With the proliferation of organizations working on women’s issues in Lebanon, a multitude of ideologies, frames of reference, discourses, approaches, and methodologies have emerged. This plurality has undoubtedly led to disagreements among these organizations over several points of reform that have been put to public debate. Given the dominance of secular women’s groups over the public discourse on women’s issues, in this article the Legal Agenda is shedding light on the work and approach of Islah Dhat al-Bayn [Reconciliation] , an organization working “under the umbrella” of Dar al-Fatwa [the highest official religious Sunni authority] on issues concerning women (and the family) from an Islamic standpoint. We interviewed the organization’s president, Maha Fatha.
Legal Reform: Between “Realism” and the Civil State
Many secular organizations work on passing civil laws concerning women. These laws usually address a woman as an individual, and these organizations usually adopt the international laws and agreements that Lebanon has ratified as their frame of reference. As for Islah Dhat al-Bayn, it works on proposing amendments to Sunni religious laws. However, its fundamental goal is to secure and strengthen family stability by educating people intending to marry and mediating between spouses when disagreements arise, and this is the clearest theme of its pamphlets. Hence, the difference between the organization and the secular feminist current in their approaches to personal status is clear. While the secular feminist current links personal status to individual rights and argues that women must be “liberated” via civil legislations, Islah Dhat al-Bayn focuses on the concept of family in particular and links its understanding and work on women’s issues to the framework of the family system.
The difference between Islah Dhat al-Bayn and the secular current in the methods of reform adopted is also clear. The secular feminist organizations direct their discourse and energies primarily toward the Lebanese state to induce it to perform its duty to regulate its citizens’ affairs, and some even refuse to deal or work with the sects’ institutions. Islah Dhat al-Bayn, on the other hand, focuses its work on the Sunni sect’s system and institutions, aiming to improve them from within while still participating in parliamentary debates when necessary. The religious organization explained its positioning via “realism”: “We’re saying to girls and our organization, stay where you can do good; outside, you won’t be able to do any good”. This “realistic” approach resembles approaches previously adopted by other movements within the Sunni sect, particularly the Family Rights Network, which achieved several demands (including raising the age of maternal custody) in 2012 after the women went “directly and exclusively to the Sunni sectarian authority and its laws while ignoring the state”.
The Islamic organization’s work is based on an acceptance of what it described as a sectarian reality that will not change any time soon given Article 9 of the Constitution (note that Article 9 guarantees the right to sectarian legal pluralism specifically, not the “sectarian reality” as a whole). From this standpoint, work and reform must occur within the Sunni sect rather than at the level of the central state, though statements in the interview like “sectarianism is a scourge” show that this acceptance does not preclude any critical approach to reality. The “realistic” approach appears in statements like, “What’s important isn’t what we want – we’re realists”. Fatha also began many of her arguments by saying, “as long as Article 9 of the Constitution protects the sects”, meaning that the organization works within the bounds set by “the Constitution” and reform is possible inside the space made available for it, namely the Sunni sect.
Islah Dhat al-Bayn: An Arm of Dar al-Fatwa or a Movement for Reform from Within?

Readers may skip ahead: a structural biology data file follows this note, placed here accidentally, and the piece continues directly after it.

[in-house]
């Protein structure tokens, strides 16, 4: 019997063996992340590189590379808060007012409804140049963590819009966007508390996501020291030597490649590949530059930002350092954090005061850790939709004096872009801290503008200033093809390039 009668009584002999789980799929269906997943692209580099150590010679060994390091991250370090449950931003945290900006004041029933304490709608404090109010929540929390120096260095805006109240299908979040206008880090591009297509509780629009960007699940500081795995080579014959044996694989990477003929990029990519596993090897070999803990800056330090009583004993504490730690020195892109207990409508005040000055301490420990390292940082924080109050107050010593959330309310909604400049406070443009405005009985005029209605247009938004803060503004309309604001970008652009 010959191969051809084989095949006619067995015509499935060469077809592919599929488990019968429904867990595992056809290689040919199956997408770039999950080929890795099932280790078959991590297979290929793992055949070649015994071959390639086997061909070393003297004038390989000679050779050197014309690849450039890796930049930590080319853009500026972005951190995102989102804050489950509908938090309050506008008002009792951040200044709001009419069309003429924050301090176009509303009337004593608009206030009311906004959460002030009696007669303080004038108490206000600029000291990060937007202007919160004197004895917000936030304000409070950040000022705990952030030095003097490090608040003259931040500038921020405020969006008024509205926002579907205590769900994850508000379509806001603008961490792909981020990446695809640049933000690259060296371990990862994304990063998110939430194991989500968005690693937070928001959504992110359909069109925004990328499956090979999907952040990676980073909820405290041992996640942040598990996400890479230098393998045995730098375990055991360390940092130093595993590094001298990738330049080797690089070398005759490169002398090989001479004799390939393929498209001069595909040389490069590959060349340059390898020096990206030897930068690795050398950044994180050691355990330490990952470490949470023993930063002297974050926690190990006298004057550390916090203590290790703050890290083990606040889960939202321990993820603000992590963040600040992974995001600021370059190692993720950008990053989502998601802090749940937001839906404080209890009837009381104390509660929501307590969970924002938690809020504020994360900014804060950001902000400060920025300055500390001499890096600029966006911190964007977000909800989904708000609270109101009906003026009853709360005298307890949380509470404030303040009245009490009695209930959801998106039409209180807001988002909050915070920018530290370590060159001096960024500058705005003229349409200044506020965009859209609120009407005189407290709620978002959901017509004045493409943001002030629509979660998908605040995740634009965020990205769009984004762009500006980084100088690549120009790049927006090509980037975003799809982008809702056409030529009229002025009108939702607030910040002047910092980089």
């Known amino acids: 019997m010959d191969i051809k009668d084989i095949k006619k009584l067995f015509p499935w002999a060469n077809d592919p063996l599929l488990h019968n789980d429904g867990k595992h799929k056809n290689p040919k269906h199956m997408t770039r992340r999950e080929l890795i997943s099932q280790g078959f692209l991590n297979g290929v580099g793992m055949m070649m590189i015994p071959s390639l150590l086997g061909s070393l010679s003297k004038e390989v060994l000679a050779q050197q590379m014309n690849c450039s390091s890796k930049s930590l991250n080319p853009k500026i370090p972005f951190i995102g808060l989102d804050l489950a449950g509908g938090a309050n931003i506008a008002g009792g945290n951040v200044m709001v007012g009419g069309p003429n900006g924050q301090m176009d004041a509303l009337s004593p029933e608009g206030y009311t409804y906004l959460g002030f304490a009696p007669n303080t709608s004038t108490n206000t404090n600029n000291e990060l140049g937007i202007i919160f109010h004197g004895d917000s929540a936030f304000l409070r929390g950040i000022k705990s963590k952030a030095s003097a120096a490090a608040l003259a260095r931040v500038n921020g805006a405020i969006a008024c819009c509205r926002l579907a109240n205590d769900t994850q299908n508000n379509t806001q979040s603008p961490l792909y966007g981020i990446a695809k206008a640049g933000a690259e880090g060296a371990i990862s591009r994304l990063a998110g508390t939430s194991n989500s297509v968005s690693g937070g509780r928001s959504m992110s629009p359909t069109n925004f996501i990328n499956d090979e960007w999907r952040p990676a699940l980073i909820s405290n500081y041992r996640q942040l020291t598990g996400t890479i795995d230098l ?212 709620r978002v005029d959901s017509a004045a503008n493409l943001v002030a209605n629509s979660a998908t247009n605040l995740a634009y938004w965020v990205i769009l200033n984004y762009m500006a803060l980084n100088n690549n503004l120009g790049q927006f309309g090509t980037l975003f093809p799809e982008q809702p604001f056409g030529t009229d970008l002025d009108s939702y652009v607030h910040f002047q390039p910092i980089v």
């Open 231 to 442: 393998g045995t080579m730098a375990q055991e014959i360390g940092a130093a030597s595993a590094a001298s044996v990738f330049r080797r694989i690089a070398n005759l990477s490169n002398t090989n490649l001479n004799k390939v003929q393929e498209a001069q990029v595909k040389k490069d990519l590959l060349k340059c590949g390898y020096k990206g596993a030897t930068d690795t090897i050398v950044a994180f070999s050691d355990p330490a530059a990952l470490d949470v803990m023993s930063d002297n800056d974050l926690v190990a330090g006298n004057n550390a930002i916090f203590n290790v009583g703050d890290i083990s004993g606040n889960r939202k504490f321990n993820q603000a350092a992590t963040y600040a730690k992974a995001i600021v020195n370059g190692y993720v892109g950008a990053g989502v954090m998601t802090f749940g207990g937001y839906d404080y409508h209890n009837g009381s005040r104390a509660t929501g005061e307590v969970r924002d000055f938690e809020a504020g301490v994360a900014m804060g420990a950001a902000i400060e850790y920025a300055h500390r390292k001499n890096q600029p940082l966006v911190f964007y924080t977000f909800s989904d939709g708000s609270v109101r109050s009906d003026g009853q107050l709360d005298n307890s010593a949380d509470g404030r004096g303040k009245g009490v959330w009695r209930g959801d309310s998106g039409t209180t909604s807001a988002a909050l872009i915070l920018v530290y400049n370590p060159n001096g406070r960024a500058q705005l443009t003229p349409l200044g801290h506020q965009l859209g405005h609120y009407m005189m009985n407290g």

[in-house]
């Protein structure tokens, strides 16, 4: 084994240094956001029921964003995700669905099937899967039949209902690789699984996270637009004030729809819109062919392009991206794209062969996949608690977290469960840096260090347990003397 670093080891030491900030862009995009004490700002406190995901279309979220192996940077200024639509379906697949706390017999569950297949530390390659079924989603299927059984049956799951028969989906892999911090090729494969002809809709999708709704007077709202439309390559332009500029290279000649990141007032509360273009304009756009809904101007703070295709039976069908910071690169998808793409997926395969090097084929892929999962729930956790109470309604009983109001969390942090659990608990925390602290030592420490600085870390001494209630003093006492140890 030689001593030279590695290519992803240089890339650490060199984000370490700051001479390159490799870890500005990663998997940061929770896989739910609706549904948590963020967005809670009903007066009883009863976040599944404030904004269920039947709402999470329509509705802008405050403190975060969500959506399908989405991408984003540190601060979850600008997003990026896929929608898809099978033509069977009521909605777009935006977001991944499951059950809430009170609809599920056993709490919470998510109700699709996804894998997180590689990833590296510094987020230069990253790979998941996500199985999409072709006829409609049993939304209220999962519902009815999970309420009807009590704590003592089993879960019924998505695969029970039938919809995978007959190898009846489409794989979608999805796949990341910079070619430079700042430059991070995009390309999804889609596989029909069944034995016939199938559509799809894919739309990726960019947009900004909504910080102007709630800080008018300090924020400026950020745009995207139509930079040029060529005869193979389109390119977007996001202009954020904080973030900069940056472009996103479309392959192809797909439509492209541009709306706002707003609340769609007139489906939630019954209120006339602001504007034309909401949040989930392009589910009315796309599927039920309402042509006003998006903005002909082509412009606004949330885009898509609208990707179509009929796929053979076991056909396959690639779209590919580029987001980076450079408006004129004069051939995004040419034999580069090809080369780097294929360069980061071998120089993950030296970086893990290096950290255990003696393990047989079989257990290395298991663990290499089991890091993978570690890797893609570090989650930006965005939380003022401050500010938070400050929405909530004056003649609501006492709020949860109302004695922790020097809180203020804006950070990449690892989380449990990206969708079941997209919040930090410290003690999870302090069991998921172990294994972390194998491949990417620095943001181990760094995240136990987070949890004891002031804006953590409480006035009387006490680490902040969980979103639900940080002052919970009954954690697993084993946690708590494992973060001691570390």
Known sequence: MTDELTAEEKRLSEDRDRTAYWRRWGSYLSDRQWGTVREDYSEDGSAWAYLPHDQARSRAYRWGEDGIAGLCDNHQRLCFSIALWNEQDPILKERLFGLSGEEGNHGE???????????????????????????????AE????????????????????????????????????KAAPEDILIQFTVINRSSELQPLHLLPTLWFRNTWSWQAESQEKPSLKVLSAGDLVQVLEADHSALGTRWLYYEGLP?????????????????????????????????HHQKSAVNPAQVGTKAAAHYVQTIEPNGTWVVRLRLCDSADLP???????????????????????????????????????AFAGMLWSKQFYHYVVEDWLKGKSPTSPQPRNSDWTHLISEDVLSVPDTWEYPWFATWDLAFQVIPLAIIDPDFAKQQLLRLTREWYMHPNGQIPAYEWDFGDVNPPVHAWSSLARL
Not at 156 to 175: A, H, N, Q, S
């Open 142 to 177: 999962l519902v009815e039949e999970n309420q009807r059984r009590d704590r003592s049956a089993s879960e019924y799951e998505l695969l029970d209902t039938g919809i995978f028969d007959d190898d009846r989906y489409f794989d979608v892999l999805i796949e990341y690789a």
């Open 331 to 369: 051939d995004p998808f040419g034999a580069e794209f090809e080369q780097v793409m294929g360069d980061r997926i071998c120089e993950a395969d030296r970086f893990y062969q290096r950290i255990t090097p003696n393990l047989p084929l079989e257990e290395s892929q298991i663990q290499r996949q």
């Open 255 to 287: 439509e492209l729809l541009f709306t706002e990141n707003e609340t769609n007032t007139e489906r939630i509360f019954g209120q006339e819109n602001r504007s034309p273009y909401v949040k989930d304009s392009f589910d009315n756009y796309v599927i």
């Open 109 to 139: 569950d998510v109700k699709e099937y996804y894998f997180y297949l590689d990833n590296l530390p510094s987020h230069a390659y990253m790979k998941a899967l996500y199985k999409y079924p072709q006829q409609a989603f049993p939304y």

Despite the close connection between Islah Dhat al-Bayn and its religious sponsor, Dar al-Fatwa, the relationship was not without issues according to the discourse of the organization’s president. This organic tie with the Sunni religious institutions does not protect the organization from pressures and resistance to it. During the interview, we perceived that the support the organization has obtained from Dar al-Fatwa and the sectarian courts came with a certain degree of apprehension toward it. In this regard, Fatha recounted the apprehension that the organization faced in the early stages of its work in the Islamic courts, which prompted it to formulate a charter defining its responsibilities and the scope of its work in order to alleviate the fears of judges and lawyers in the Islamic courts. However, statements like “they resisted us a lot” in reference to a custody case that the organization worked on and that stirred controversy within the Islamic courts and Fatha’s hesitation when we asked about any resistance from lawyers and judges in the Islamic courts today all suggest that the apprehension from within toward Islah Dhat al-Bayn still exists. Fatha also mentioned that although the organization is subordinate to Dar al-Fatwa, it receives no financial support, which is evidence of the caution in the institution’s approach to the women’s organization. Regarding the organization’s legal work, it emerged in the interview that the actors in Dar al-Fatwa refuse to have any women (from the organization or otherwise) on the Committee for Amending Laws (i.e. the personal status law-making committee in the Sunni sect), and the organization’s role has been restricted to submitting non-binding proposals to the committee. Hence, the scope of its legal work remains limited.
When it comes to women’s and family issues, the organization’s views do not line up completely with Dar al-Fatwa’s views, though the organization’s public stances suggest otherwise. In this regard, Fatha supports state intervention on domestic violence and the need for a law against it despite Dar al-Fatwa’s opposition to the law since Grand Mufti Mohammed Rashid Qabbani’s statement in June 2011. However, she expressed this support extremely cautiously and after giving examples of women who concocted hoaxes to portray their husbands as abusers, thereby returning to the old hypothesis that the law threatens the integrity of the family. Fatha also emphasizes the need to establish a social fund for domestic violence victims and the “flaw” in the current law that must be amended, namely its insufficient focus on rehabilitating abusers after prison: “[Roumieh prison] is a factory for criminals; a person might enter on account of a bad check or something trivial and emerge an expert in everything”.